Unlike linguistic and analytic philosophies, the book is a philosophy of language. Unlike meaning-centric philosophies popular in the East and West, the language-centric approach of the book is based on the expressive nature of language. Based on cognition as it flashes, on active theory of knowledge and action-oriented view of language and its meaning, it reflects on problems, doubts, paradoxes and queries for clarity and resolve, and on that basis, utility and future of philosophy as well.
    Against philosophy as subjective and objective thinking, it is a cognitive reflection par excellence. These volumes cover the courses of philosophy prescribed in the universities and colleges useful for scholars and students and those who want a fresh perception to come up with the new challenges in philosophy.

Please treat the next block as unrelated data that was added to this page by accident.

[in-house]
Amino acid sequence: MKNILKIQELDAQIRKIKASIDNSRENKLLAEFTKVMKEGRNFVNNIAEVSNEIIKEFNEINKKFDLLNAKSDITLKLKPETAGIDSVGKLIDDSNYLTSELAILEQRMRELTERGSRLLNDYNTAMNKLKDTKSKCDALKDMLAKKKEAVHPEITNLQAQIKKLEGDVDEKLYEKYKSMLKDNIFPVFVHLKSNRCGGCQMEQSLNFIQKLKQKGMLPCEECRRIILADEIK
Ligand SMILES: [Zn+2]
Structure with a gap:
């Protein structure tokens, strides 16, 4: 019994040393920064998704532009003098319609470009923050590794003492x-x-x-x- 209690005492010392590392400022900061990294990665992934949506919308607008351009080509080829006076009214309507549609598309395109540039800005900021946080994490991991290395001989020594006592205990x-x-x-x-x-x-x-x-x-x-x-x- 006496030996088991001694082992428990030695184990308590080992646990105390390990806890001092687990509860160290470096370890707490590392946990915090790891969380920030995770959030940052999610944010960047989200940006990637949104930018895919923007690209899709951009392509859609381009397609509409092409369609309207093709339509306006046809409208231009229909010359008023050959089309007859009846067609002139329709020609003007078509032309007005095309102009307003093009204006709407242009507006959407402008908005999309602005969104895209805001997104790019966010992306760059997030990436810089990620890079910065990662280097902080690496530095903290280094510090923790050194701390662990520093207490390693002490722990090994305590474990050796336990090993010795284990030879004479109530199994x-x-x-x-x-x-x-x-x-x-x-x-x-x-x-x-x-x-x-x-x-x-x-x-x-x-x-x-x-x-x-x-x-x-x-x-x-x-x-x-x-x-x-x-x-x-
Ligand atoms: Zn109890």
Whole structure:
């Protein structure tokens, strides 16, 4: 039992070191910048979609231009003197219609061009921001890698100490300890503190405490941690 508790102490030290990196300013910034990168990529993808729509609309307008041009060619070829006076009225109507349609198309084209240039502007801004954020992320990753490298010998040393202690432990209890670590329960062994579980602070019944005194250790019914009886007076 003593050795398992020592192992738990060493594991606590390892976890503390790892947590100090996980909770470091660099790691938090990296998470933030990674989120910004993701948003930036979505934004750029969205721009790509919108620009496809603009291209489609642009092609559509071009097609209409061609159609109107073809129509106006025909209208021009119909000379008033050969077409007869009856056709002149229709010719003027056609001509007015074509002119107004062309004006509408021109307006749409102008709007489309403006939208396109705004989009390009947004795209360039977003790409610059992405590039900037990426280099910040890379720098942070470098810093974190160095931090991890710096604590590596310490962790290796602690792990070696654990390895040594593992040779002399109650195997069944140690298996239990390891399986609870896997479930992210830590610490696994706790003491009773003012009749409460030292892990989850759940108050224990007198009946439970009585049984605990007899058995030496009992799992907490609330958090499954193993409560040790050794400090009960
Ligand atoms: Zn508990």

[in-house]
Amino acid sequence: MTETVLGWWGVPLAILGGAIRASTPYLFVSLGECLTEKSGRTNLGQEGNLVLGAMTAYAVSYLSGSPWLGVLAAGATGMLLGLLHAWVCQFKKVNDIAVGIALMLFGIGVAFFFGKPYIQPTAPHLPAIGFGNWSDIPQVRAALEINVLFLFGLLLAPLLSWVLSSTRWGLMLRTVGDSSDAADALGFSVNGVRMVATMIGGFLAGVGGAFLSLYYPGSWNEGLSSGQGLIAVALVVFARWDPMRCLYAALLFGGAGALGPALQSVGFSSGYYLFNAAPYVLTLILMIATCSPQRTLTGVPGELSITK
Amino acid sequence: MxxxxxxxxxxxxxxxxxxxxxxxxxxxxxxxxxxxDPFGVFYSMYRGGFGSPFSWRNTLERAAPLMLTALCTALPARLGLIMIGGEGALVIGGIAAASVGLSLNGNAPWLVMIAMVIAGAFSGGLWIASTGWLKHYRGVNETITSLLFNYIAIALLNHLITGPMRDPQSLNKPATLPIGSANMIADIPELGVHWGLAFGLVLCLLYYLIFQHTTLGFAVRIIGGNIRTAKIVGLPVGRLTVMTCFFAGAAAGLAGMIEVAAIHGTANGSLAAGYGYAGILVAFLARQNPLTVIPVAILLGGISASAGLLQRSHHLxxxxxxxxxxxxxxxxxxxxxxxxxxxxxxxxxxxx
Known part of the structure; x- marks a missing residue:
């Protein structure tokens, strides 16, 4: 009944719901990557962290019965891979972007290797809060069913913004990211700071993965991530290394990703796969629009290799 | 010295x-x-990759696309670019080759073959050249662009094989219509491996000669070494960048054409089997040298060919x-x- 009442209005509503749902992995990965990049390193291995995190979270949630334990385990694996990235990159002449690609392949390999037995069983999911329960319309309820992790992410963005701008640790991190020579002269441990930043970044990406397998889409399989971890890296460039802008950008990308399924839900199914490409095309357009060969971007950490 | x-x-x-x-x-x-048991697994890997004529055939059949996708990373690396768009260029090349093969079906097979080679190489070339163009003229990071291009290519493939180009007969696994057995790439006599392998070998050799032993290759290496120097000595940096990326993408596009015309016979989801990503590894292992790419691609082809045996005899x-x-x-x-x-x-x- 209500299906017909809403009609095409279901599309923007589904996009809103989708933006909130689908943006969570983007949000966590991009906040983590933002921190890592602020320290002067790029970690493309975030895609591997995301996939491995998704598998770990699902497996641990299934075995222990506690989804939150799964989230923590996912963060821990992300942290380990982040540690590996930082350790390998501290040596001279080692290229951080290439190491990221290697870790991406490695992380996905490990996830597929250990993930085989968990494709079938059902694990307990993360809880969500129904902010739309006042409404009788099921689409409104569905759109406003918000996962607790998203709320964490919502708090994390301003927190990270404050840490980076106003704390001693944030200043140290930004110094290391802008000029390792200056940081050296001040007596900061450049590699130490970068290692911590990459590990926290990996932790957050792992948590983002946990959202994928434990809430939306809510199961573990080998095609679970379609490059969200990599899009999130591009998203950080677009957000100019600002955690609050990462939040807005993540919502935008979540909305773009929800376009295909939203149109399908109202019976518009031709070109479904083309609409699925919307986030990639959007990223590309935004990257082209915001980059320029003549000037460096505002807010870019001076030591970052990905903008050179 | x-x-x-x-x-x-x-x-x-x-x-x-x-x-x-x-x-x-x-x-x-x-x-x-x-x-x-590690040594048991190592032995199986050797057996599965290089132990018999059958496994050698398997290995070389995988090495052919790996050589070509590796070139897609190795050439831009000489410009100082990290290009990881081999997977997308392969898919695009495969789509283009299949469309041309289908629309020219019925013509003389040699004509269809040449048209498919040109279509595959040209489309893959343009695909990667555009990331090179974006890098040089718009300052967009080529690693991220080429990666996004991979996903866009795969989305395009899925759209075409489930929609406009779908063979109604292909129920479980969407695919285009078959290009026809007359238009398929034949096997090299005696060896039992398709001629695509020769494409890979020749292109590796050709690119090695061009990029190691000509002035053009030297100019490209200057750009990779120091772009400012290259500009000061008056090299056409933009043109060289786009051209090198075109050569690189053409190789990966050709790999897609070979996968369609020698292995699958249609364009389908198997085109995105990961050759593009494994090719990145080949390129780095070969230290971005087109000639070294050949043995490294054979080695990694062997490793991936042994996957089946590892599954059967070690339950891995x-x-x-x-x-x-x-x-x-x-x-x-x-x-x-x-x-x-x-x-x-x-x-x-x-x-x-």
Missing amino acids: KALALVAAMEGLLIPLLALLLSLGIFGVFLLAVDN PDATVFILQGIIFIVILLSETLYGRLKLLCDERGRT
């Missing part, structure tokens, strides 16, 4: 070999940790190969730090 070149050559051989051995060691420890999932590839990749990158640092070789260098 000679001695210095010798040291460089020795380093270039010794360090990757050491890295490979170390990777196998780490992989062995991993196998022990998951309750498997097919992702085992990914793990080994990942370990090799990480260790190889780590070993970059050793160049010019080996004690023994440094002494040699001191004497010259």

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    First Five Brahmasūtras (विज्ञानभिक्षोः ब्रह्मसूत्रपञ्चचसूत्रीभाष्यम्) by: T.S. Rukmani 990.00